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Treatment Represents a Key Driver of Metastatic Cancer Evolution

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Metastasis is the main cause of cancer death, yet the evolutionary processes behind it remain largely unknown. Here, through analysis of large panel-based genomic datasets from the AACR Genomics Evidence Neoplasia Information Exchange project, including 40,979 primary and metastatic tumors across 25 distinct cancer types, we explore how the evolutionary pressure of cancer metastasis shapes the selection of genomic drivers of cancer. The most commonly affected genes were TP53, MYC, and CDKN2A, with no specific pattern associated with metastatic disease. This suggests that, on a driver mutation level, the selective pressure operating in primary and metastatic tumors is similar. The most highly enriched individual driver mutations in metastatic tumors were mutations known to drive resistance to hormone therapies in breast and prostate cancer (ESR1 and AR), anti-EGFR therapy in non–small cell lung cancer (EGFR T790M), and imatinib in gastrointestinal cancer (KIT V654A). Specific mutational signatures were also associated with treatment in three cancer types, supporting clonal selection following anticancer therapy. Overall, this implies that initial acquisition of driver mutations is predominantly shaped by the tissue of origin, where specific mutations define the developing primary tumor and drive growth, immune escape, and tolerance to chromosomal instability. However, acquisition of driver mutations that contribute to metastatic disease is less specific, with the main genomic drivers of metastatic cancer evolution associating with resistance to therapy.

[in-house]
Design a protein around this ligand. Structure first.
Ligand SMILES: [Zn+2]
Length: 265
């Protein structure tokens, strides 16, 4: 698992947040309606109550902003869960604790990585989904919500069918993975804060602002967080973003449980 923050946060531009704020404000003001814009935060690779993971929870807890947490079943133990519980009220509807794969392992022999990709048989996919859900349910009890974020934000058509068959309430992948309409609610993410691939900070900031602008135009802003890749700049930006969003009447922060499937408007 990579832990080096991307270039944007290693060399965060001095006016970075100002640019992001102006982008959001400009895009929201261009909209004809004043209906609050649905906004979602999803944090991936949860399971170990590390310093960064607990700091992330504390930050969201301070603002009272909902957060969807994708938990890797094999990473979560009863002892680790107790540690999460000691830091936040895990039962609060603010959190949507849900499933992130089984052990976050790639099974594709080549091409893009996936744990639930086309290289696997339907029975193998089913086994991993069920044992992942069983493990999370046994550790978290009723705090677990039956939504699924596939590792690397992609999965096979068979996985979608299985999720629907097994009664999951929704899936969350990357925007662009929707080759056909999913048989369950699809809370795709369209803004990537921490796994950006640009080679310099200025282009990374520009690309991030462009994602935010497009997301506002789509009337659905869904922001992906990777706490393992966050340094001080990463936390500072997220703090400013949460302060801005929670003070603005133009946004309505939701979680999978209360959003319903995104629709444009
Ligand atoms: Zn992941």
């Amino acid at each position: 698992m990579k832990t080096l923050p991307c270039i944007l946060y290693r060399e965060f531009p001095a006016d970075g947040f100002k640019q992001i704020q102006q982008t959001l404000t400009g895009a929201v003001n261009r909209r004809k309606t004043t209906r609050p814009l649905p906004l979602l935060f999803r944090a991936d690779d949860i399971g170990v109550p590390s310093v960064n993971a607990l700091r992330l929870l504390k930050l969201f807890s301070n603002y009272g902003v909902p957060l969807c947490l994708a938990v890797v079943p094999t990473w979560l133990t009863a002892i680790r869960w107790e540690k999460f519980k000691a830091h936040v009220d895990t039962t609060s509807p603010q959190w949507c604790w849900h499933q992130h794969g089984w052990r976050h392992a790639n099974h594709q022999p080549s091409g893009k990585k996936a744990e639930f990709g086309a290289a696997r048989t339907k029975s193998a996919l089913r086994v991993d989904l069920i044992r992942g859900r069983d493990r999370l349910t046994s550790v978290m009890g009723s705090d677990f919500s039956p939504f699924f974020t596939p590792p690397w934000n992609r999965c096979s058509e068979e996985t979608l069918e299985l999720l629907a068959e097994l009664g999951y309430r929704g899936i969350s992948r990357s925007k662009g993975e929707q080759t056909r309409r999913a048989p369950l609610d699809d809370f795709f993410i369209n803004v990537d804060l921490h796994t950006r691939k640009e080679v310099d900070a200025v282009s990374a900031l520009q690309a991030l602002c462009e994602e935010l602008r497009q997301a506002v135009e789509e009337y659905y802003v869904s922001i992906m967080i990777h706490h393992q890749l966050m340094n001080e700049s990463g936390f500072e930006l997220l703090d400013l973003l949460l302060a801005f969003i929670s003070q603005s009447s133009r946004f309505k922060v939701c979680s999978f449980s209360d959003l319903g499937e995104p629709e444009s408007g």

TidsskriftCancer Research
Sider (fra-til)2918-2927
Antal sider10
StatusUdgivet - aug. 2022

Bibliografisk note

Funding Information:
N. McGranahan reports grants from Wellcome Trust, Cancer Research UK, grants from Rosetrees Trust during the conduct of the study, and personal fees from Achilles Therapeutics outside the submitted work; in addition, N. McGra-nahan has a patent for PCT/EP2016/ 059401 issued, a patent for PCT/ EP2016/ 071471 issued, a patent for PCT/GB2018/052004 issued, and a patent for PCT/ GB2020/050221 issued. N.J. Birkbak reports grants from Lundbeck Foundation, Danish Cancer Association, Aarhus University Research Foundation, and grants from Novo Nordisk Foundation during the conduct of the study; in addition, N.J. Birkbak has a patent for quantifying homologous recombination deficiency issued, licensed, and with royalties paid from Myriad Genetics and a patent for a prognostic gene expression signature for lung cancer pending. No disclosures were reported by the other authors.

Funding Information:
The authors would like to acknowledge the American Association for Cancer Research and its financial and material support in the development of the AACR Project GENIE registry, as well as members of the consortium for their commitment to data sharing. Interpretations are the responsibility of study authors. N.J. Birkbak is a fellow of the Lundbeck Foundation (R272-2017-4040) and acknowledges funding from Aarhus University Research Foundation (AUFF-E-2018-7-14), the Danish Cancer Society (R230-A13715), and the Novo Nordisk Foundation (NNF21OC0071483). N. McGranahan is a Sir Henry Dale Fellow, jointly funded by the Wellcome Trust and the Royal Society (grant number 211179/Z/18/Z), and also receives funding from Cancer Research UK Lung Cancer Centre of Excellence, Rosetrees, and the NIHR BRC at University College London Hospitals.

Publisher Copyright:
©2022 American Association for Cancer Research.

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